An example of this city’s systems is placing electronic sensors in parking lots, so that they are able to inform the driver on his smartphone about the locations of vacant parking spaces, and thus help him save his time and reduce traffic congestion at the same time.

Among these cities, Barcelona, ​​which smart water meters helped to save $ 58 million annually, in addition to South Korea, whose building costs decreased by 30% after the introduction of technology in the infrastructure, and transportation lines in Japan that reached 100 train cars with a capacity of 14 One billion passengers a year.

Do Arab countries rely on the smart city system?

There is no doubt that the implementation of this project requires huge capital that all Arab countries may not be able to provide due to their limited budgets, but some Gulf countries have this possibility in cooperation with foreign parties to implement it in the best possible way and with the least losses, as this idea is completely illogical in poor countries. Although it is more in need of it than rich countries, because the size of its problems is greater.

An example of the Arab countries that have succeeded in adopting this system is the Emirate of Dubai, which in 2013 announced its full transformation into a smart city in 2021, and that in the same year it will deposit government paperwork forever. As for the State of Qatar, it has presented its efforts and urban plans this year to transform its capital, Doha into a city. Smart provides high-level facilities and services to its citizens.
This is in addition to Saudi Arabia, which has established the initiative to "implement the concepts of smart cities", which seeks to implement this project in 5 Saudi cities by the year 2020 in partnership with the private sector.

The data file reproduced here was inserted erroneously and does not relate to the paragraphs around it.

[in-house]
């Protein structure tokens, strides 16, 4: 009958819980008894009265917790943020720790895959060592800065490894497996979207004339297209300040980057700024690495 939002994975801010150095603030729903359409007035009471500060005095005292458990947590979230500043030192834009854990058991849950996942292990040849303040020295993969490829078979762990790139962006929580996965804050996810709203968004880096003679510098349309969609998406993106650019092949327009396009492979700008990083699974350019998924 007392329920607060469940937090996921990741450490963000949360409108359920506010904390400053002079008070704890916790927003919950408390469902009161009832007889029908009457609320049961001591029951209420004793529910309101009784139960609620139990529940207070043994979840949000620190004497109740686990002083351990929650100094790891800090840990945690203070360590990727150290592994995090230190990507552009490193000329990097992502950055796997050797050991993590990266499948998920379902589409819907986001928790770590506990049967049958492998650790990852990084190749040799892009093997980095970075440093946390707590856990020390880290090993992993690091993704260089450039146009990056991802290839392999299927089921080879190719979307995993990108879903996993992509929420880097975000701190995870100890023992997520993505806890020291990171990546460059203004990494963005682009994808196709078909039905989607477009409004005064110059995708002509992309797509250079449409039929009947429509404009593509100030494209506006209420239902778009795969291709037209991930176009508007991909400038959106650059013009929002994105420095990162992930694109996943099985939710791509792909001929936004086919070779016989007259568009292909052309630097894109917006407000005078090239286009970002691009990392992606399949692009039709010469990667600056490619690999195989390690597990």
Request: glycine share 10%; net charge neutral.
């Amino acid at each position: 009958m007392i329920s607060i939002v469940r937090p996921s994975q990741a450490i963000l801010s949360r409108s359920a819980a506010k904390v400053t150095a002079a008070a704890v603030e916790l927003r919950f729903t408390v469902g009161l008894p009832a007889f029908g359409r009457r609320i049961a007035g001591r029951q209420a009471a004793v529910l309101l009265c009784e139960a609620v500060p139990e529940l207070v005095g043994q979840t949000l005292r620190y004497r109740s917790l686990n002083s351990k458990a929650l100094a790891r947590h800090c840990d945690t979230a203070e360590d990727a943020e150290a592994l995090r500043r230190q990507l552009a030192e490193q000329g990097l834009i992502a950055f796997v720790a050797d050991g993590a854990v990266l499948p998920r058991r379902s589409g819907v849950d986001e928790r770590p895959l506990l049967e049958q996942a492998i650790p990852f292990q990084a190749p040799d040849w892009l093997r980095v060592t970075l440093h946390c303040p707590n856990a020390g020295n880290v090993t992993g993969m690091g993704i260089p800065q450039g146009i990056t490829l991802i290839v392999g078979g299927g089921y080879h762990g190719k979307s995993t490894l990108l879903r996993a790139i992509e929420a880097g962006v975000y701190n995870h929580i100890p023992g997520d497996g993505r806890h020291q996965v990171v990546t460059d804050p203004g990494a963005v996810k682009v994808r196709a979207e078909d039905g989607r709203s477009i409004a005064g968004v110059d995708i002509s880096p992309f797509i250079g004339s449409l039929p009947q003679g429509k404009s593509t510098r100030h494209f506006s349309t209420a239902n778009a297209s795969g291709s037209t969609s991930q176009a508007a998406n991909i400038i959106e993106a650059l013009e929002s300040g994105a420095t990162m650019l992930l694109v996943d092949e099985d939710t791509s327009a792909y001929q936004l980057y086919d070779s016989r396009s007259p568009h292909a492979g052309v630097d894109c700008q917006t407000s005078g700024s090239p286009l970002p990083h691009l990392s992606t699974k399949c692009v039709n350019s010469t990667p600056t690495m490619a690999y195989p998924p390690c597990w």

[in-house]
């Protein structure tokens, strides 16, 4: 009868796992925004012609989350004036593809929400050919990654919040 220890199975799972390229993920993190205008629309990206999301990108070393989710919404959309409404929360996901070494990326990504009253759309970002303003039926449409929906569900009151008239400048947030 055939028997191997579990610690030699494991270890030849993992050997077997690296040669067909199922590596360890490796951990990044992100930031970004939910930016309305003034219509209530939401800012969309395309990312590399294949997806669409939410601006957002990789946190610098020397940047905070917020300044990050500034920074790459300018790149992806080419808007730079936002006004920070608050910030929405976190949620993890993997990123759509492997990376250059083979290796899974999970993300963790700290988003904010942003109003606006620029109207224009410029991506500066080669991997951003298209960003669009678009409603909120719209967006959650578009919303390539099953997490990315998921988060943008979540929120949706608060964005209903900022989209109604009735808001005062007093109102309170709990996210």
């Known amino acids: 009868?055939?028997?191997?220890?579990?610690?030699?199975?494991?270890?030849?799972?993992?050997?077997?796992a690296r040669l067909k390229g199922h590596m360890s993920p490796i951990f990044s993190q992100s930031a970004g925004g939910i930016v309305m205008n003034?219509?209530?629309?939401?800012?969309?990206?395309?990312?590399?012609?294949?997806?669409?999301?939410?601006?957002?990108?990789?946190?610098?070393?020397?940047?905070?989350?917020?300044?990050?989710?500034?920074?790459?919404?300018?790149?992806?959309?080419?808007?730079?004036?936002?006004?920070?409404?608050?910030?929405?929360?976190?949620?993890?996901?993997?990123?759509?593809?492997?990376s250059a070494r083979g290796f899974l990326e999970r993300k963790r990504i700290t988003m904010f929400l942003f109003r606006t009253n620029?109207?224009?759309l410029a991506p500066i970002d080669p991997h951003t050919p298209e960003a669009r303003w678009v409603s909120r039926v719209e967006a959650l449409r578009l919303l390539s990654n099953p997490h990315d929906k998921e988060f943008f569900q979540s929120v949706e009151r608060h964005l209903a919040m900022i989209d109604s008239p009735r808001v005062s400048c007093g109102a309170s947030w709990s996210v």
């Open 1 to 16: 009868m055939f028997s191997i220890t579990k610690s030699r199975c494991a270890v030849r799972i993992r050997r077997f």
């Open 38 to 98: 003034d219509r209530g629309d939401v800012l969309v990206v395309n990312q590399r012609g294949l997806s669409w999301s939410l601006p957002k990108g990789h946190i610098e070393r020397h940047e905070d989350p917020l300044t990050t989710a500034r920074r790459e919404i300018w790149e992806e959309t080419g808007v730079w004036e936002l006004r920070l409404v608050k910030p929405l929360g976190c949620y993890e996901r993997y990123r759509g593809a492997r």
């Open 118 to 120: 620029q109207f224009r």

As for the most prominent difficulties that these countries face, it is the manpower that is non-existent, especially since this type of city needs a lot of planning to improve the way of life inside it.

The ugly face of smart cities
Smart cities may promise the world to get rid of the most difficult crises, but integrating Internet-connected sensors into the infrastructure and thus recording all citizen movements and behaviors may raise some doubts about the possible uses of this data, so the responsible authorities are working to develop a monitoring system to verify data traffic and prevent any penetration or Any illegal use of it.

This is because smart cities depend primarily on data, and in order to obtain it, sensors must be used almost everywhere to measure temperature, regulate traffic, or measure pollution rates, and thus the privacy of the population remains exposed to whoever controls this technology, and this is what It was confirmed by LuxResearch, a research and consulting firm, which clarified that the total number of sensors that will be deployed in smart cities is one trillion devices by 2020.
Among the most prominent obstacles awaiting are the disputes related to determining responsibility with regard to covering the costs of smart sensors and the associated infrastructure, as the first target citizen remains to pay the costs of taxes for this type of city.

In conclusion, smart cities represent a new market